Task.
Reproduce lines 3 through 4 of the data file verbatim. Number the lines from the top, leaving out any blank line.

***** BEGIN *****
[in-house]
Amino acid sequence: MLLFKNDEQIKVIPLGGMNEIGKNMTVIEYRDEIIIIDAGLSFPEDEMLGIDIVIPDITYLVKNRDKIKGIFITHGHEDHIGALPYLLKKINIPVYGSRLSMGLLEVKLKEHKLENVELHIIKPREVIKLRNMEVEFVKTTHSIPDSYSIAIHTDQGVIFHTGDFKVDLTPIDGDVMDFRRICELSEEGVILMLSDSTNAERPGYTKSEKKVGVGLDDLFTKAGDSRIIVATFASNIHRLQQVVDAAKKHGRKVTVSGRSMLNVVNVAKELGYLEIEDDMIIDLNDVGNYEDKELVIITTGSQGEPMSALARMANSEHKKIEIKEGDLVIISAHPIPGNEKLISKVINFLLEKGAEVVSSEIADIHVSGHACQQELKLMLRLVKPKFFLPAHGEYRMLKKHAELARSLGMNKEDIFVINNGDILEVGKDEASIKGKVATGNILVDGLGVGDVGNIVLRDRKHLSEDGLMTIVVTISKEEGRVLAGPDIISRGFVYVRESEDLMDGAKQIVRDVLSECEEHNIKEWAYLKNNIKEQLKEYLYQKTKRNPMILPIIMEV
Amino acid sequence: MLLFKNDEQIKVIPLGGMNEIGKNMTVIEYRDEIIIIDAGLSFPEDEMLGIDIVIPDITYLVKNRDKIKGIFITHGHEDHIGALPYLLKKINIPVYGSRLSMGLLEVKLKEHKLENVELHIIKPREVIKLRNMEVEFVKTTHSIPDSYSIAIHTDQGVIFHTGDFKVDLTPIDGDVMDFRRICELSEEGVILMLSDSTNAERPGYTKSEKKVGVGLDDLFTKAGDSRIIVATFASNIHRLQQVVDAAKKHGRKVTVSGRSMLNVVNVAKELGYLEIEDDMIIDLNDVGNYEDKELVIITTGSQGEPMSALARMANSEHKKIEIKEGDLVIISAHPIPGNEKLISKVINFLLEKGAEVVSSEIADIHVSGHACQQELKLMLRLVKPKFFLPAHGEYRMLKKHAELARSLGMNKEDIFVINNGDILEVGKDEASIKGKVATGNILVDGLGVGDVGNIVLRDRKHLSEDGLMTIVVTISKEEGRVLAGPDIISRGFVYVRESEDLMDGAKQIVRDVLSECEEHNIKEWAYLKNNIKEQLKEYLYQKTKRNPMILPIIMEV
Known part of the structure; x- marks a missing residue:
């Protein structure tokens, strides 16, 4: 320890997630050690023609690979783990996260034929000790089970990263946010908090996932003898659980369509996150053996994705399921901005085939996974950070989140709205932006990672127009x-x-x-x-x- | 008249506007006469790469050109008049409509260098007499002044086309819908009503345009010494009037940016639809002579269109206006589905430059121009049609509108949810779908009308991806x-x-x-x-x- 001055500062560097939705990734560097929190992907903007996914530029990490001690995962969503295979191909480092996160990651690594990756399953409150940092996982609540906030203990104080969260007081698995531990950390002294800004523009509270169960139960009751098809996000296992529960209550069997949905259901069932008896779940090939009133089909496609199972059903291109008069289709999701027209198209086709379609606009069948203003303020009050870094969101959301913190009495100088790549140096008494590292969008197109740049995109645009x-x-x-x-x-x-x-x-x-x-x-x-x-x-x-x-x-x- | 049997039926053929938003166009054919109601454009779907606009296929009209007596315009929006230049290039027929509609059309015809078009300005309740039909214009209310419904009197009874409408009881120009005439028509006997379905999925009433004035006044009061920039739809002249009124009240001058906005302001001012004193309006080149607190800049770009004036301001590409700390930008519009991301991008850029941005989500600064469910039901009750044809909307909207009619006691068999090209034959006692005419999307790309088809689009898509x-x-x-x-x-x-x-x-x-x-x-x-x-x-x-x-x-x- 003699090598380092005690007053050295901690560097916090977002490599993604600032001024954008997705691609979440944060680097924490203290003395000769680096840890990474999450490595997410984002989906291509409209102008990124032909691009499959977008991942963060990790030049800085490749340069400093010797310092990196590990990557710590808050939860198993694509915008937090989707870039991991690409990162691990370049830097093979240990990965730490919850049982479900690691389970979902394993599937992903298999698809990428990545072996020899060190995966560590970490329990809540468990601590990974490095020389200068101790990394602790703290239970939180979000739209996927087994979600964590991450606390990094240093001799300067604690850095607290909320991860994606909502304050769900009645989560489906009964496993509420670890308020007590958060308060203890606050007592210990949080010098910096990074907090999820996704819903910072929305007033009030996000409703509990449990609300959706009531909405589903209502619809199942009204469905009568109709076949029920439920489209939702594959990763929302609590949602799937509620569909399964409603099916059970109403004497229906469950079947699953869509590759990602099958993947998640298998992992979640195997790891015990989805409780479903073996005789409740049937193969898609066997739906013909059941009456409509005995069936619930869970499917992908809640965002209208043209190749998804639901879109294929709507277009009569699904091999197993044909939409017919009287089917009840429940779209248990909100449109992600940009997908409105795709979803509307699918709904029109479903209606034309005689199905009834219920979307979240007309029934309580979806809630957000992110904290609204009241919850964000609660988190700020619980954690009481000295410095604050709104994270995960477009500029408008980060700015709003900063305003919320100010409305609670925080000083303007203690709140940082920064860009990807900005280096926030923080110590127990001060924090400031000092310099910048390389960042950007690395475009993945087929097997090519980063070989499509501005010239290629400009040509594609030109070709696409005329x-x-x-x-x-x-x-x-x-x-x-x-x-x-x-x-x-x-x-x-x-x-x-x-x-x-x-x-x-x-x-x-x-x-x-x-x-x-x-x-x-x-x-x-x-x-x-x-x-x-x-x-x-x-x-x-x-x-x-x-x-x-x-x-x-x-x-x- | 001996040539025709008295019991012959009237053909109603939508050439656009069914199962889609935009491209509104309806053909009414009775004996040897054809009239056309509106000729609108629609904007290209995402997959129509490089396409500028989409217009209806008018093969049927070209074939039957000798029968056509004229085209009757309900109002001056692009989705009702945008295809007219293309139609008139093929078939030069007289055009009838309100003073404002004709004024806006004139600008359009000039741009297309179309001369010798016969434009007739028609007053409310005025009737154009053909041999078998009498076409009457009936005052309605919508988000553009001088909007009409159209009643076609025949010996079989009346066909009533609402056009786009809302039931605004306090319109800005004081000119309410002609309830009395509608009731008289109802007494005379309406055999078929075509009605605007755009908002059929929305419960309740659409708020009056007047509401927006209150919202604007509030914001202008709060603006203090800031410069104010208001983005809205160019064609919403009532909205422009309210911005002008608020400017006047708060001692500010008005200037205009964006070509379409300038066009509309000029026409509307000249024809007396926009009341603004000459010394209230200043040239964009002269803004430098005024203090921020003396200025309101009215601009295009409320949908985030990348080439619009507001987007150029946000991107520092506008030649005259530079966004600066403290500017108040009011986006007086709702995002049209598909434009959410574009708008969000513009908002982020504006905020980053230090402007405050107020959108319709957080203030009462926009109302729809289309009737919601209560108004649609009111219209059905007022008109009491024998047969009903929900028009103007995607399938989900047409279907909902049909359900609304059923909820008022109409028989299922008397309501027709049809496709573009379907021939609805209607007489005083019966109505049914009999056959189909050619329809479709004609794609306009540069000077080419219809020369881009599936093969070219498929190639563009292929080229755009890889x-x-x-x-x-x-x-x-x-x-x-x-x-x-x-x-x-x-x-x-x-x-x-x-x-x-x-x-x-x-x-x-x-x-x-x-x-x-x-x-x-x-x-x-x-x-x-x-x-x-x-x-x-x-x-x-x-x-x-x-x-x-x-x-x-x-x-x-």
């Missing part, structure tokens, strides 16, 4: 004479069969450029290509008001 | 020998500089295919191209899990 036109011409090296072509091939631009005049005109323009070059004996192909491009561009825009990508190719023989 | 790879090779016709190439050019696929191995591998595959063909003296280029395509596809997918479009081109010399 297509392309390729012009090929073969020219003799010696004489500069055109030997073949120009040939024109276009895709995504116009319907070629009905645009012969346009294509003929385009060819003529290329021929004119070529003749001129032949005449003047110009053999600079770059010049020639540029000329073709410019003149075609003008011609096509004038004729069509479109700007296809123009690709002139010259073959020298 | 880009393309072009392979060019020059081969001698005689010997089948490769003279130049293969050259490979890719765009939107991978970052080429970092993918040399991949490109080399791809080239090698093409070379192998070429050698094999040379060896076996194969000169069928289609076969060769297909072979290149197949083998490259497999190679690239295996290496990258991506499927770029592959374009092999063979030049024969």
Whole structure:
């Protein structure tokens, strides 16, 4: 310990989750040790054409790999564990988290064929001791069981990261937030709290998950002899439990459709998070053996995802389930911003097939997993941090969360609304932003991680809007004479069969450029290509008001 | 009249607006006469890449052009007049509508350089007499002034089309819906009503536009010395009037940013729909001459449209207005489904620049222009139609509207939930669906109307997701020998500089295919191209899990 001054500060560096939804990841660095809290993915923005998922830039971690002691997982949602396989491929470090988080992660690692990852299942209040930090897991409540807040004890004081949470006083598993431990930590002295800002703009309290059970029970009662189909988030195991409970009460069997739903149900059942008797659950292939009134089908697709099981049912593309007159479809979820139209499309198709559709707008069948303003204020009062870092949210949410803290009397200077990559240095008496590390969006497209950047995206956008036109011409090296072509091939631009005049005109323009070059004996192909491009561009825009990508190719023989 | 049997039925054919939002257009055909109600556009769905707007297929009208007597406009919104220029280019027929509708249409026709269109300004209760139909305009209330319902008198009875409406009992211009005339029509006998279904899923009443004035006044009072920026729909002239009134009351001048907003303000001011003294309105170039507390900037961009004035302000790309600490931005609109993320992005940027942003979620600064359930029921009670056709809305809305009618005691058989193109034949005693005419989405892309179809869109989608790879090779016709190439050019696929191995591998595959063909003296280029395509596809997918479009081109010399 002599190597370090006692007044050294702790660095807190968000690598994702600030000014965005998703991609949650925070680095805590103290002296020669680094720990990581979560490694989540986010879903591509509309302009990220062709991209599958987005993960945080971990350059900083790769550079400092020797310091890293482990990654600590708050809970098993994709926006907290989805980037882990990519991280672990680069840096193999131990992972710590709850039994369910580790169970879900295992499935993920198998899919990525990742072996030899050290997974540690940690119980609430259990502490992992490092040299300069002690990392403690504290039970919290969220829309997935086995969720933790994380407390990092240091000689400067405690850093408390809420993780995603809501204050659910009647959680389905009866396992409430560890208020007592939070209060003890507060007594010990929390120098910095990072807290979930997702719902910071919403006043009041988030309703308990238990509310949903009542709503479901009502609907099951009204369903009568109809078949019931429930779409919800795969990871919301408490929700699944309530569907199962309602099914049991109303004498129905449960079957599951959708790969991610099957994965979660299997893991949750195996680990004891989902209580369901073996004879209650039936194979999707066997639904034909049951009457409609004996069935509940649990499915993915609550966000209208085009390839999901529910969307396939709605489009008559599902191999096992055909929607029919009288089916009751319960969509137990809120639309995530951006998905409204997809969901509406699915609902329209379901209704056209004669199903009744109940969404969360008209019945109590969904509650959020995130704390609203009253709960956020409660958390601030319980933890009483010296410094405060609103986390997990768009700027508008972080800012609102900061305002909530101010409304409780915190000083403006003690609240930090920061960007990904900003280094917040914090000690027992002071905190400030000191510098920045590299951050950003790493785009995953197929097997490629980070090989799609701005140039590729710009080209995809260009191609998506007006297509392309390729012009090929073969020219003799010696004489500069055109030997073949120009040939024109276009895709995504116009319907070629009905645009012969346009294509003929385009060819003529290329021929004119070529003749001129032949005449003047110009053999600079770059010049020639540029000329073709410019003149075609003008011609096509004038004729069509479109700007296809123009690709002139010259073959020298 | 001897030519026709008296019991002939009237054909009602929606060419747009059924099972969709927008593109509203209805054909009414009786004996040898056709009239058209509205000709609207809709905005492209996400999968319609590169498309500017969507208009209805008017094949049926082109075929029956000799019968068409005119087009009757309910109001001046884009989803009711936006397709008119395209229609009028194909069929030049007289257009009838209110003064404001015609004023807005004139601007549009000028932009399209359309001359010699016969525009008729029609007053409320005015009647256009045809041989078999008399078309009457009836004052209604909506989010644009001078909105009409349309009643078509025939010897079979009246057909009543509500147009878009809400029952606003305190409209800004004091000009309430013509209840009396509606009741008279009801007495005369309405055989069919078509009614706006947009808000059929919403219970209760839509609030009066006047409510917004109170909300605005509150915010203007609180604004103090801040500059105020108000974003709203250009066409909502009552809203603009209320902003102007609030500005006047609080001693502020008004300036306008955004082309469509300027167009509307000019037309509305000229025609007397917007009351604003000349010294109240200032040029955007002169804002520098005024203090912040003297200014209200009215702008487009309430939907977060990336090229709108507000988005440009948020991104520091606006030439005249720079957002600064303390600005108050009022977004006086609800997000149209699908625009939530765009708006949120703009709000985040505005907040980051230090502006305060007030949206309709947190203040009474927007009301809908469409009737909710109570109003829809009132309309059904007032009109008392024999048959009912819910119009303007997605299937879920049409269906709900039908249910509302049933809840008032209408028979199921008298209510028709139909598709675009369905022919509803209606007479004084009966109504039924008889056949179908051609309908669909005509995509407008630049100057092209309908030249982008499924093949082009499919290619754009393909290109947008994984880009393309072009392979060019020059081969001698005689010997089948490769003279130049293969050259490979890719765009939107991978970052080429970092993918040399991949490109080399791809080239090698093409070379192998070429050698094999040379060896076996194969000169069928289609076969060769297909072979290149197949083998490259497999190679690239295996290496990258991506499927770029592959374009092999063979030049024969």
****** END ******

Amino acid sequence: MLLFKNDEQIKVIPLGGMNEIGKNMTVIEYRDEIIIIDAGLSFPEDEMLGIDIVIPDITYLVKNRDKIKGIFITHGHEDHIGALPYLLKKINIPVYGSRLSMGLLEVKLKEHKLENVELHIIKPREVIKLRNMEVEFVKTTHSIPDSYSIAIHTDQGVIFHTGDFKVDLTPIDGDVMDFRRICELSEEGVILMLSDSTNAERPGYTKSEKKVGVGLDDLFTKAGDSRIIVATFASNIHRLQQVVDAAKKHGRKVTVSGRSMLNVVNVAKELGYLEIEDDMIIDLNDVGNYEDKELVIITTGSQGEPMSALARMANSEHKKIEIKEGDLVIISAHPIPGNEKLISKVINFLLEKGAEVVSSEIADIHVSGHACQQELKLMLRLVKPKFFLPAHGEYRMLKKHAELARSLGMNKEDIFVINNGDILEVGKDEASIKGKVATGNILVDGLGVGDVGNIVLRDRKHLSEDGLMTIVVTISKEEGRVLAGPDIISRGFVYVRESEDLMDGAKQIVRDVLSECEEHNIKEWAYLKNNIKEQLKEYLYQKTKRNPMILPIIMEV
Known part of the structure; x- marks a missing residue: